J. Freeman Garway says accountability in both public and private sectors remain cardinal to Liberia’s development, because that lack of accountability has killed the country over the years.
Garway, the first man to open a school in the Sand Town Community, located opposite the Isaac A. Davis School at ELWA Junction, made the remarks over the weekend at a program honoring several residents for their outstanding services to the Sand Town Community and the official launch of Sand Town Unification and Development Association.
Mr. Garway, who was also honored, called on citizens to support the government’s effort in the development of Liberia, and also be accountable to funds for development initiative.
“We have to provide the needs of the community and remain accountable to the people who we serve. There are thousands of graves out there, because of lack of accountability to the people,” he said.
Mr. Garway, who first moved to the community with his parents in the late 70s, said the development of Sand Town and the lifespan of the organization will depend on the level of accountability of the association.
“We don’t have a public latrine, which is bad for the entire community. There is only one hand-pump in Sand Town. The community dwellers and I will be looking forward to seeing the necessary changes,” he said.
Mrs. Patience Varkona, chairlady of the association, said she was delighted to see people of like mind coming together to support the development of their community.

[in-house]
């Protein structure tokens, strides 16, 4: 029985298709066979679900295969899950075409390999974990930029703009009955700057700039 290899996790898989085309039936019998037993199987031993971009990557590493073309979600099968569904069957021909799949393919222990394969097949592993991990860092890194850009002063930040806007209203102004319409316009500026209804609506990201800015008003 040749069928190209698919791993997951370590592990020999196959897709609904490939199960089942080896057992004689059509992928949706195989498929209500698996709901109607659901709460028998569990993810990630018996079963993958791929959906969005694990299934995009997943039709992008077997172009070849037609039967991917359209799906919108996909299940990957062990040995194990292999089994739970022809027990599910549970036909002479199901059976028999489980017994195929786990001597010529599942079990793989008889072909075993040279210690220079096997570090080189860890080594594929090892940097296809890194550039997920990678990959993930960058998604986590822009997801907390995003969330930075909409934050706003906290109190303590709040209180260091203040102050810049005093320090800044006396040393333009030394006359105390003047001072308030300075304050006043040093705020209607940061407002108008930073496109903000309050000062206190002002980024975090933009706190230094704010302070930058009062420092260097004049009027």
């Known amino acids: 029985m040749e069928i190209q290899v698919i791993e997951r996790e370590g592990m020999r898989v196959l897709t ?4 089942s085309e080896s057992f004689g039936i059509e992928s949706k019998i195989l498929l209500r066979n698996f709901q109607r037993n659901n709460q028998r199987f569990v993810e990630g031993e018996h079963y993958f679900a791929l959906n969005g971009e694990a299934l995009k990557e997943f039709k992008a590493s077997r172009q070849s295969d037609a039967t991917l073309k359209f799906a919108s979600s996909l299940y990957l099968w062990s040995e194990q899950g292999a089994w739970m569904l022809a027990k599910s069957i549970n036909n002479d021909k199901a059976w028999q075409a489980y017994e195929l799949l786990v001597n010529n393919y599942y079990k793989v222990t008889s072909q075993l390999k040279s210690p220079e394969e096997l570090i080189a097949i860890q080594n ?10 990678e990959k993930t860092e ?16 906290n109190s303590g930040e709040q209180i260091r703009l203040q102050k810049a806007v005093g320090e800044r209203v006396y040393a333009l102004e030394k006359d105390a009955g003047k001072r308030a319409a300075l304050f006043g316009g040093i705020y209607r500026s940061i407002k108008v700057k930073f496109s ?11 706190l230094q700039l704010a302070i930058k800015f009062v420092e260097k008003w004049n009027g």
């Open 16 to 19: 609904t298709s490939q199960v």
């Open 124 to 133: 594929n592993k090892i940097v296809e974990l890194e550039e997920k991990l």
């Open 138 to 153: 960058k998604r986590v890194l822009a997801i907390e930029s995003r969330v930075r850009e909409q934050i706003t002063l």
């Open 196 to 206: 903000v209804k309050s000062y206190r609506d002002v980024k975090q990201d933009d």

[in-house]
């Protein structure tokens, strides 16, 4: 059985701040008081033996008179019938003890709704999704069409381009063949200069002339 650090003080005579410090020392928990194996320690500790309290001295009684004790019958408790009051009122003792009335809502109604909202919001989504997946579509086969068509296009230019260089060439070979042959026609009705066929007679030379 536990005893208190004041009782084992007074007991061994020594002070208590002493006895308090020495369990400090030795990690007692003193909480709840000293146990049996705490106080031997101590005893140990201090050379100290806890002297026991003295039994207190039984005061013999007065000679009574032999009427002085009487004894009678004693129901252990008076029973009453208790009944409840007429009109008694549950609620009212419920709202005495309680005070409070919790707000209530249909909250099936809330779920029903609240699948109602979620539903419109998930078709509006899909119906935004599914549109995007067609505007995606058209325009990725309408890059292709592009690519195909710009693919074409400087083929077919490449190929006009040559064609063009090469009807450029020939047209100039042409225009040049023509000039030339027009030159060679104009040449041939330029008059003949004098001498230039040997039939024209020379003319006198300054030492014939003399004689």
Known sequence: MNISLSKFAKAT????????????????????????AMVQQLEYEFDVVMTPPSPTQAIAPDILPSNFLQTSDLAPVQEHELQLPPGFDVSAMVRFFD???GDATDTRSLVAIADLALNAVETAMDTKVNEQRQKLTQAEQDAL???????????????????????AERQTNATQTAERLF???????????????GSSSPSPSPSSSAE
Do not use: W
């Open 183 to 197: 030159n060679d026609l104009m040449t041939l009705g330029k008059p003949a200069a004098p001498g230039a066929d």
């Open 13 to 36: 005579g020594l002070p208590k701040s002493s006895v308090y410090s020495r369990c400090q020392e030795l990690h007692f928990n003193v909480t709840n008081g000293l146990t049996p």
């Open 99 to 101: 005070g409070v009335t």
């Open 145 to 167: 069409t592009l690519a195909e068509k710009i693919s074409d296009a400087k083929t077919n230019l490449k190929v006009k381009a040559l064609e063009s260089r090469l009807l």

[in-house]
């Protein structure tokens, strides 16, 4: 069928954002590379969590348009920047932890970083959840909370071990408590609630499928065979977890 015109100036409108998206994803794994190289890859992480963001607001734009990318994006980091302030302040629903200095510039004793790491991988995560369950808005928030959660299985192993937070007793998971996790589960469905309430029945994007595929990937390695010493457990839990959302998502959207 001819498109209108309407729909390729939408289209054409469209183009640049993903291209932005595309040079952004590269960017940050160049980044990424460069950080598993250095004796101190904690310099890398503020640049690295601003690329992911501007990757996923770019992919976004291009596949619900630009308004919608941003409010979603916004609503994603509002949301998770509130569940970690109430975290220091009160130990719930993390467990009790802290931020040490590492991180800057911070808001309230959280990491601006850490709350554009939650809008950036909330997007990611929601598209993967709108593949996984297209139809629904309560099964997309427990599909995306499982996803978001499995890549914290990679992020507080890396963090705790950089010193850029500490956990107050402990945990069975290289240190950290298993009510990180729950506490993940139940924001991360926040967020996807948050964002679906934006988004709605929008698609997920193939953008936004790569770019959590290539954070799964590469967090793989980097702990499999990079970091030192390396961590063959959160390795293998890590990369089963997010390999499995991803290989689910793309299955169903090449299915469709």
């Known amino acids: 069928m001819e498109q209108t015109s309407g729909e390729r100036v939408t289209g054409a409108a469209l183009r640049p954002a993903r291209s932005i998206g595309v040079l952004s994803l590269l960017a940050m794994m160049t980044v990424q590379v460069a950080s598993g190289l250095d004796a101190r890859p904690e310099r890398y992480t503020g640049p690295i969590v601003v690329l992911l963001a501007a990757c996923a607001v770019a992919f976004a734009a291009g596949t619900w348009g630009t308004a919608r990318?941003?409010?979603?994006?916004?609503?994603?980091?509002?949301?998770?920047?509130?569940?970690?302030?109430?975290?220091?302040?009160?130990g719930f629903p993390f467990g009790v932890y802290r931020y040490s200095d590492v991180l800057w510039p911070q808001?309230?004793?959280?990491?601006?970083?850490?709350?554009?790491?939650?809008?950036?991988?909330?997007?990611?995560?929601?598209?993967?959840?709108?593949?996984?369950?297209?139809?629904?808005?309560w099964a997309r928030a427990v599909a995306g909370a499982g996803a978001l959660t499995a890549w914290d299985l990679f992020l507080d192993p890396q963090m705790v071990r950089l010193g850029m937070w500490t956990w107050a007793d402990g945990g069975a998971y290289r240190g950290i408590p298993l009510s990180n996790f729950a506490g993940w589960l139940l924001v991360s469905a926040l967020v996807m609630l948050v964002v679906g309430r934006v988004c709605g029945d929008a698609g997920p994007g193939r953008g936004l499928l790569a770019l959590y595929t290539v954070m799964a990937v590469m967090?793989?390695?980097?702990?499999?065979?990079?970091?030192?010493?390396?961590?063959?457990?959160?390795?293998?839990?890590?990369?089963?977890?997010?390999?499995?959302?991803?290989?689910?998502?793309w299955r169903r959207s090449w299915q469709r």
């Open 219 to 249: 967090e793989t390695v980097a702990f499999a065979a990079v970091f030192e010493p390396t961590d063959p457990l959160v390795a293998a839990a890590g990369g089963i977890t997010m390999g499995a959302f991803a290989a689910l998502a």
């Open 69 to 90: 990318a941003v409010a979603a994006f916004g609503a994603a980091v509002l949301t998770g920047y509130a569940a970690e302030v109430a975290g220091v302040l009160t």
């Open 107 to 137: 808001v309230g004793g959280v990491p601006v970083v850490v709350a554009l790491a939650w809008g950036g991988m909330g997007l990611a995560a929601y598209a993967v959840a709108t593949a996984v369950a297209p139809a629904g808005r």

“We intend to focus on cleaning the community, educating parents and girls about teenage pregnancy, which is on the increase in Sand Town. We will also encourage young boys and girls to take education seriously, providing an opportunity to enable them to go to school and other development initiatives,” Mrs. Varkona said.
An advisor to the association, Danieltta F. Sleyon, said they remain committed to the development of the community.
“We have to help instill a good behavior in our young people and also ensure that they are educated. Our young people do not know how to approach or talk to older people,” Madam Sleyon said.
According to her, the community lacks some basic things, including public latrines and hand-pumps, and these must be addressed.
Other residents honored included Mother Comfort Smith, Mother Sarah Gbotee, Aaron P. Sayon, Dr. Garmonedeh Clinton, Mother Hawa Moses, Isaac Marnwenh, Peter F. Clinton, James M. Strother, Alfred G. Juweh Jr., Mother Sarah Barcon, Amadee Kamara and Philip Nathan.